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CAJUNS, CREOLES, PIRATES AND PLANTERS

Your New Louisiana Ancestors Format

Volume 1, Number 15

 

By Damon Veach

 

FAMILY RESEARCH:  Ancestor research is a great adventure.  Each individual has to schedule his or her time around major research facilities, or time for computer research, but the extra hours, and probably the most time-consuming aspect involves correspondence and the proper filing system.  After libraries and archival facilities have closed and you are tired of searching computer records, notes from the various references must be placed in logical order.  A genealogist is not only a family historian but an avid reader and expert file clerk – and in recent years, knowledge of the Internet and all the new research files now going online.  In a sense, the Internet is now getting more genealogical interest with all the thousands of documents that are being made available for easy perusal.

 

Quite often, genealogy is the joy of finding the unexpected, and it is for this reason that many researchers depend on their own efforts as opposed to a professional.  A professional simply takes the suspense and joy out of research, and in many cases, the material acquired is expensive and in some cases not properly documented, leaving voids or inaccuracies in family research.  This isn’t always the case, but just to be sure, it is recommended that all references be double checked for accuracy.  It is definitely noteworthy to watch out also for the genealogical scams that come in the way of postal or e-mail offers for books on your family lineage.  These are usually general American history material with phone listings and little about your individual surname.  Advice here is to buy only if you know the author, and you are sure the material offered is authentic.

 

Another no-no for researchers involves mail or magazine ads for family crests.  They are not necessarily applicable to your individual family lineage.  Take the surname Smith as an example.  The first federal census lists the Smith surname as number one followed by Brown, Johnson, Jones, and Davis.  Today, the most common names are Smith, Johnson, Williams, Brown, and Jones.  Therefore when someone buys a coat-of-arms or maybe just the family crest, unless the lineage has been traced, there is no way of knowing if you have the correct version for your personal family lineage.  The practice of using surnames was not adopted in western countries until about 1000 A.D., and then each family had to pick an identity, usually for tax purposes.

 

Surnames were first used by noblemen of Venice, and from there the practice spread to France, England, Germany, and the remainder of Europe.  Going back to Smith, one finds so many variations.  How do you translate to other nationalities?  For Germany, it would be Schmidt, and in Russia, it would be Kuzetzov.  In Italy, you would have to research Ferraro.  Other surnames are the same.  Take my name for instance.  It started out as La Vache, then to Veitch, Veatch, and then Veach, with other variations being Veech, depending on how the census taker thought it should be spelled.  America is a giant conglomerate of many people sharing the same freedoms, and changes in spellings are often involved.  My great grandfather thought Veatch was “too Dutchy” and dropped the “t” to make it Veach.  It is not always easy to understand spelling changes, but you have to know that it does exist.  Accuracy in research is a priority which should not be taken lightly.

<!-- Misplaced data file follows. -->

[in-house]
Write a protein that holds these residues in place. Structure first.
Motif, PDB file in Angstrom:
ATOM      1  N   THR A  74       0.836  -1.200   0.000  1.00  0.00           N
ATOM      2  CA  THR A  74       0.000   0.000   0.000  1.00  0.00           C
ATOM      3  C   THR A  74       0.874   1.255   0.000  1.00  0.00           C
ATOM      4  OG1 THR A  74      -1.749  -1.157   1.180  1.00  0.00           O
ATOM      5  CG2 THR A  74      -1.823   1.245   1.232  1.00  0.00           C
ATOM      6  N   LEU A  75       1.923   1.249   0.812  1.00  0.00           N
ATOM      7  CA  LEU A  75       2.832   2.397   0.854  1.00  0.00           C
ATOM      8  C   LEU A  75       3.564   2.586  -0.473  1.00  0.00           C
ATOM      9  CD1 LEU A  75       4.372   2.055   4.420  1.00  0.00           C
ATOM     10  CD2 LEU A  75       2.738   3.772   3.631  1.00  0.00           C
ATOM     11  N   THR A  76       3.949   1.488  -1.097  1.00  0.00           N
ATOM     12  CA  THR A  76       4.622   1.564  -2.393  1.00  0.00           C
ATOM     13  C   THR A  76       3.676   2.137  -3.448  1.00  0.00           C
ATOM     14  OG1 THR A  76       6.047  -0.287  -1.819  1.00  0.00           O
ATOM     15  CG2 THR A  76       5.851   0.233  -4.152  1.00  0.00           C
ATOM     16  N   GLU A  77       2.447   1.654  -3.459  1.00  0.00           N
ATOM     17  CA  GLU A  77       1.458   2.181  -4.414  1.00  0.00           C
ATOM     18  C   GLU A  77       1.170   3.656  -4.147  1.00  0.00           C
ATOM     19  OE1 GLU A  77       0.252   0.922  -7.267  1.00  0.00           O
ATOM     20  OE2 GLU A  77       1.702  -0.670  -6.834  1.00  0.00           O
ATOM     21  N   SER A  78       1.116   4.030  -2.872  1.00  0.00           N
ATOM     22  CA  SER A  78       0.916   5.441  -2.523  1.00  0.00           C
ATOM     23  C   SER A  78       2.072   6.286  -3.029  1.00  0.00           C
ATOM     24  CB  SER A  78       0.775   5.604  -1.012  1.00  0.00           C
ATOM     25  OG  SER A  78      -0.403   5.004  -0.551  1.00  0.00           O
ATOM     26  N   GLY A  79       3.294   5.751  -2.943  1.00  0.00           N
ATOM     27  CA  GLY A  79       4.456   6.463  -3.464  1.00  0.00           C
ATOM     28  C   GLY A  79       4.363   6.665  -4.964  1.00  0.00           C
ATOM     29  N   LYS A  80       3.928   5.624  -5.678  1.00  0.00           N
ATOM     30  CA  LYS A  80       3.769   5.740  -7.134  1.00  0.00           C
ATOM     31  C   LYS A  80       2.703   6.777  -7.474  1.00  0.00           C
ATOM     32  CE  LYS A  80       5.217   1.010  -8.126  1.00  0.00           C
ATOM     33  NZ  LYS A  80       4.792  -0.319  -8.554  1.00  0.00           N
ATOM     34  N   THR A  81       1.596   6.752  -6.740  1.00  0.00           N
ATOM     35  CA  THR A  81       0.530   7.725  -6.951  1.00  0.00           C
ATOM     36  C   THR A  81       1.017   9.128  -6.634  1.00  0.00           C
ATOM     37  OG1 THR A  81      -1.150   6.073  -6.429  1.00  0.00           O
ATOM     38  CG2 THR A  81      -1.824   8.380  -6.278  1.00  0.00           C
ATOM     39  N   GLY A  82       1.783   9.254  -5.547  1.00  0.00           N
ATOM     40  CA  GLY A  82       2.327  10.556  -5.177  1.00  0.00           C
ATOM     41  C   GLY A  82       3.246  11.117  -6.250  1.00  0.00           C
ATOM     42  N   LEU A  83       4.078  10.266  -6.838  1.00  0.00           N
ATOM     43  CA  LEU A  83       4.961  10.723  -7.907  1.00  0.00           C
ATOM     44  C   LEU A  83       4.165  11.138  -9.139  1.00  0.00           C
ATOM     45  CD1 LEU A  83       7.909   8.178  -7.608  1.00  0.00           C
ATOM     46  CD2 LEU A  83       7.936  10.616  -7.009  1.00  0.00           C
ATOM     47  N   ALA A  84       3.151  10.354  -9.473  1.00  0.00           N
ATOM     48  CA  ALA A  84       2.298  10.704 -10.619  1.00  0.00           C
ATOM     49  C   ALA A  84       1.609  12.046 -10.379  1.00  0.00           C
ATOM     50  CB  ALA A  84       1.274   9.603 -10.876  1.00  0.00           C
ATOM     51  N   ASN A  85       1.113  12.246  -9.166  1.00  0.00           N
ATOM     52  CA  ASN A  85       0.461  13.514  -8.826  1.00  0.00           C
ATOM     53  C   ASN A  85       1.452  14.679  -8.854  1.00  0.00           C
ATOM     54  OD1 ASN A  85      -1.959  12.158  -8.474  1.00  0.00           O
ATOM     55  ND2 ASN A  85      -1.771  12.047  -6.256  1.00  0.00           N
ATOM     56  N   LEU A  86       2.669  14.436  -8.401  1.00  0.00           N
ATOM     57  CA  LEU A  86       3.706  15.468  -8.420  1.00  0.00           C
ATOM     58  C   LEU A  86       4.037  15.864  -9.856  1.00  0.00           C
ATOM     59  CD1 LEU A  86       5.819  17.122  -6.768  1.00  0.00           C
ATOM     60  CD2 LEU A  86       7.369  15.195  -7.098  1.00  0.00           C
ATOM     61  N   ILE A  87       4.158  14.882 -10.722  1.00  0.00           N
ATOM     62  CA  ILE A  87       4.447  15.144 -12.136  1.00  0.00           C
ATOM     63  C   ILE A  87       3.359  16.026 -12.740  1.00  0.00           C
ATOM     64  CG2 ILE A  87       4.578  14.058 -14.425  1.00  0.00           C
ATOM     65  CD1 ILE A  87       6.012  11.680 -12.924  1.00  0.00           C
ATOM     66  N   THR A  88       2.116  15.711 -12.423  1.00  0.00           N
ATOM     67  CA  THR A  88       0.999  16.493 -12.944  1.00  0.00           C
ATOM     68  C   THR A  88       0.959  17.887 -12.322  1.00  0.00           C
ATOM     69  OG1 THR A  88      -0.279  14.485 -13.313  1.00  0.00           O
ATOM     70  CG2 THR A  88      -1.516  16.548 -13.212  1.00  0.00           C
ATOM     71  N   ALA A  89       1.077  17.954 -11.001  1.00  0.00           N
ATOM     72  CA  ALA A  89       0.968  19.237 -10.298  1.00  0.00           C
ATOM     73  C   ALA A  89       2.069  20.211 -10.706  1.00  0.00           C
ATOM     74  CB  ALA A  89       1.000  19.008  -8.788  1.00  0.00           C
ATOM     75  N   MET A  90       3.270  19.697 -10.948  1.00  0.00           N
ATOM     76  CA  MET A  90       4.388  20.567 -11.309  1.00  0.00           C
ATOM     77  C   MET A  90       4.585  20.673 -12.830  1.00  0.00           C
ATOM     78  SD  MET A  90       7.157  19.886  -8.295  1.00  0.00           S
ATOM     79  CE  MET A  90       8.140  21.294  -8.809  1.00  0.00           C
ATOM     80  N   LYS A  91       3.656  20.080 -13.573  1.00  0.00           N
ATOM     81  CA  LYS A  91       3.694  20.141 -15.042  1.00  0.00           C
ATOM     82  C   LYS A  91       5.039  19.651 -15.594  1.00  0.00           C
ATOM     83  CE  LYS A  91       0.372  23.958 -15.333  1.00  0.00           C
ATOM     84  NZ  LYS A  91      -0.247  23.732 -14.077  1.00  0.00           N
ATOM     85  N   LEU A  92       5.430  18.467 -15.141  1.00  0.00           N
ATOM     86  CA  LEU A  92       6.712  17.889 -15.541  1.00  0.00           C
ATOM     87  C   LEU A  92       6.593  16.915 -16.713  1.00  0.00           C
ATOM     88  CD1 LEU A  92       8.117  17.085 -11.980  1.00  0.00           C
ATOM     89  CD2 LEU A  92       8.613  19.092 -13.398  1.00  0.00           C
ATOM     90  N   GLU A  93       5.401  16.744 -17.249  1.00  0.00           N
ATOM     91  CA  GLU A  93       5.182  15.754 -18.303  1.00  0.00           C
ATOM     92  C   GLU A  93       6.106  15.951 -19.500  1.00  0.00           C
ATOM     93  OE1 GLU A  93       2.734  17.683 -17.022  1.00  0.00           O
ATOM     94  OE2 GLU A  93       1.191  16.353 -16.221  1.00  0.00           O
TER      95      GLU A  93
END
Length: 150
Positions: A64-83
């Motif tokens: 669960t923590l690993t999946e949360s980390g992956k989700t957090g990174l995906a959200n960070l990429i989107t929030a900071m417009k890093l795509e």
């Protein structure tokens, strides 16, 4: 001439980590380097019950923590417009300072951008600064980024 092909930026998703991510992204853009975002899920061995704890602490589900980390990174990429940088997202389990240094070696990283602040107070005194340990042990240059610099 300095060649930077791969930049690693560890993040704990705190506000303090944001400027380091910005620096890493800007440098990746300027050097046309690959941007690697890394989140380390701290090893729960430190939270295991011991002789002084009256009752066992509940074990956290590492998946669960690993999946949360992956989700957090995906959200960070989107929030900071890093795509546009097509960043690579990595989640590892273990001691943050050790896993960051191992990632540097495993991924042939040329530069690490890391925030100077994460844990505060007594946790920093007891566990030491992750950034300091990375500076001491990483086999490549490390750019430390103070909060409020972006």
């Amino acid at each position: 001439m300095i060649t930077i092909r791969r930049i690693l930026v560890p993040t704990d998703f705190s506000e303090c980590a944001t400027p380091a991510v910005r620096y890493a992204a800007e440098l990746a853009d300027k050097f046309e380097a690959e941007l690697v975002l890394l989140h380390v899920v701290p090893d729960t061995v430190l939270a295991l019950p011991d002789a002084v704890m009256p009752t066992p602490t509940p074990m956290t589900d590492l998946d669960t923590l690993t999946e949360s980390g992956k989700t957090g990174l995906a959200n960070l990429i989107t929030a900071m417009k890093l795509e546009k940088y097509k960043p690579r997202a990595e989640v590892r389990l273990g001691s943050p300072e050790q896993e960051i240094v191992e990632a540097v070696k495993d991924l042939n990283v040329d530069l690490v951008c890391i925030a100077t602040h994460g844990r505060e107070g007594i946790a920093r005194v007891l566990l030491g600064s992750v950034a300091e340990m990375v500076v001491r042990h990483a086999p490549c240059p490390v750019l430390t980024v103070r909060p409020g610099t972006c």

If you have a name that is uncommon, research becomes much easier.  Veach, most definitely, cannot be classified with the Smiths and Johnsons.  Tracing the origin was a challenge but not like those that are so common.  Finding all the branches and meeting distant cousins has been a thrill and joy for me, and it will be for you too.  Now, my e-mails can be directed to “Dear Cousin,” and not “Dear Sir.”  Knowing that Veach was a nice Americanized version of the Scottish spelling, it was great to learn of its origin and how it came to be a part of Scottish history.  It was all connected to the Norman Invasion, and my first American ancestor was James “the Sheriff” Veitch, first sheriff of Maryland.  In going back to Scotland, I learned that my connection was to William le Vache and dating to a signature in 1296 with further research leading back to the Norman Invasion of 1066.   Somewhere along the way, the family came to own a castle which still stands today in Scotland.  Peebleshire, Scotland and Dawyck Castle figure prominently in the Veach heritage. 

 

 

Whether you do archival research or do lots of Internet research, it is still a very time-consuming hobby, but it can be the most rewarding of all hobbies.  A wealth of data is available, and a good place to start is with your older relatives.  Talk to them.  Ask about your ancestors. It just takes patience and perseverance to lead to happy conclusions.

 

(NOTE:  The pictures of the crest and castle were taken from We Veitches, Veatches, Veaches, Veeches, An Historical Treasury of the Descendants of James Veitch, the Sheriff, compiled by Laurence R. Guthrie with editing, additions and index provided by Wanda Veatch Clark of Oregon.)

 

XXX

 

ROYAL LINEAGES:  For over two hundred years, Debrett has been a household word in Great Britain, but its origin goes back much earlier in our history.   In my personal library is a book which I find to be one of the best when studying or trying to trace a lineage back to royal lines.  It is Debrett’s Peerage & Baronetage 1980 With Her Majesty’s Royal Warrant Holders which was edited by Patrick Montague-Smith.